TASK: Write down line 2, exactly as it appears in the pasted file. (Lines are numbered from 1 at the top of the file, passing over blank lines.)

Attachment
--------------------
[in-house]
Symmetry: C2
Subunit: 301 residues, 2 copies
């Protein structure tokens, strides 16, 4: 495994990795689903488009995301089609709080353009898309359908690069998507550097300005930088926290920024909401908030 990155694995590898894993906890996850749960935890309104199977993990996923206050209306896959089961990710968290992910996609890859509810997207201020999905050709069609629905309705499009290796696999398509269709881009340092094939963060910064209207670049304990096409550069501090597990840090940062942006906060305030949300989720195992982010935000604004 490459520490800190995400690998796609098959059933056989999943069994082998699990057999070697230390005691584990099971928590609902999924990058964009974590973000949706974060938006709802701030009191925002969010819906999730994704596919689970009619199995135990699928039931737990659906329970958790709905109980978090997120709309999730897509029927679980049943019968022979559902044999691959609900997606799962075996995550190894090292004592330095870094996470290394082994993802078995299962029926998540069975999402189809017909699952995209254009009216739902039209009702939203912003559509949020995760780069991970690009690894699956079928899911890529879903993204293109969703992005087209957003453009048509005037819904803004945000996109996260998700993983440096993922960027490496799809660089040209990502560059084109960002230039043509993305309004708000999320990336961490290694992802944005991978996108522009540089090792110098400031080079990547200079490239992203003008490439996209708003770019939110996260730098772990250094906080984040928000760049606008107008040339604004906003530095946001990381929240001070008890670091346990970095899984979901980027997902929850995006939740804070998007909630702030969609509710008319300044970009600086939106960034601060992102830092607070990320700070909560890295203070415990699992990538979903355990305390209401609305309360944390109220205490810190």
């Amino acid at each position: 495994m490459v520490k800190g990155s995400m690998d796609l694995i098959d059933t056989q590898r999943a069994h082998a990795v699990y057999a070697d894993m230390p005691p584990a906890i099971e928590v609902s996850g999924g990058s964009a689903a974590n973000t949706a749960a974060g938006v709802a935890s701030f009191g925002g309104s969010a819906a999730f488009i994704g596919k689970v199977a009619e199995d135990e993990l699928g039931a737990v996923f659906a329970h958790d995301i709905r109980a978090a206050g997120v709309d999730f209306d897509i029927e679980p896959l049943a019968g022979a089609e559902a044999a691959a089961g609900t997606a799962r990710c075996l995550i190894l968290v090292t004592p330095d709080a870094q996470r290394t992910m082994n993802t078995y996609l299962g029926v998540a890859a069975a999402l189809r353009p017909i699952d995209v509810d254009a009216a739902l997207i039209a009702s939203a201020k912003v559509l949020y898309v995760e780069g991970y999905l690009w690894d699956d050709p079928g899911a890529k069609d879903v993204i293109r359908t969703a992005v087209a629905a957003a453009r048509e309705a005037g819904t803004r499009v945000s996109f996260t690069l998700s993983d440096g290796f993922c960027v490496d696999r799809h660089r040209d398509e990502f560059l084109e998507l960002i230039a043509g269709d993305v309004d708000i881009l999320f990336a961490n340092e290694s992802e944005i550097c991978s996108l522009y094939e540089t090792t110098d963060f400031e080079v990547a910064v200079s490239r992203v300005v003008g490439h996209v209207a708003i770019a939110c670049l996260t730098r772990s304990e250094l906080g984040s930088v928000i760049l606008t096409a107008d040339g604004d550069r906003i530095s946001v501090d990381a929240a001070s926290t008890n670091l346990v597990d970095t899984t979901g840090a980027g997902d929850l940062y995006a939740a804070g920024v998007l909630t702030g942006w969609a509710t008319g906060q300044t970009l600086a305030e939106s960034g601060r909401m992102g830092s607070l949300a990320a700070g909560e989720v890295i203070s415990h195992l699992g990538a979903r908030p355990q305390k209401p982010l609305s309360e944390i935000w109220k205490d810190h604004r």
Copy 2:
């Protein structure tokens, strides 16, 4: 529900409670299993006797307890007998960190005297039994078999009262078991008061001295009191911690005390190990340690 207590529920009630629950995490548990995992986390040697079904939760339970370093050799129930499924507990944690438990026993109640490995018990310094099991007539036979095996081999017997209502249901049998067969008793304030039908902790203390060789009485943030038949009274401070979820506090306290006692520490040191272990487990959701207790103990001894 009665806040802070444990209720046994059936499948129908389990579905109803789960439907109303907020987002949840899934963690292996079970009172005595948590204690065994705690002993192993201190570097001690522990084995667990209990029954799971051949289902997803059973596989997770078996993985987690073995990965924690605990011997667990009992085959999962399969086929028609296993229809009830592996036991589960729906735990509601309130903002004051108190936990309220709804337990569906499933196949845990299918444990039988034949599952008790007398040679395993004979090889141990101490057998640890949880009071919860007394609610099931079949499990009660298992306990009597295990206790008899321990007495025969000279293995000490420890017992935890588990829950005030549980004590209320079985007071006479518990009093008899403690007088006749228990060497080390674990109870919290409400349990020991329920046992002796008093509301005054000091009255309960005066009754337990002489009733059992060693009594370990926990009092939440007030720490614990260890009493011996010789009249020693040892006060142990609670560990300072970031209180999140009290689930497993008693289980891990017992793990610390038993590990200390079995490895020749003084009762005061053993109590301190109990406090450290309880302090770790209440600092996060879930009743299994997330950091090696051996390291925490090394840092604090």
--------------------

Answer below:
Symmetry: C2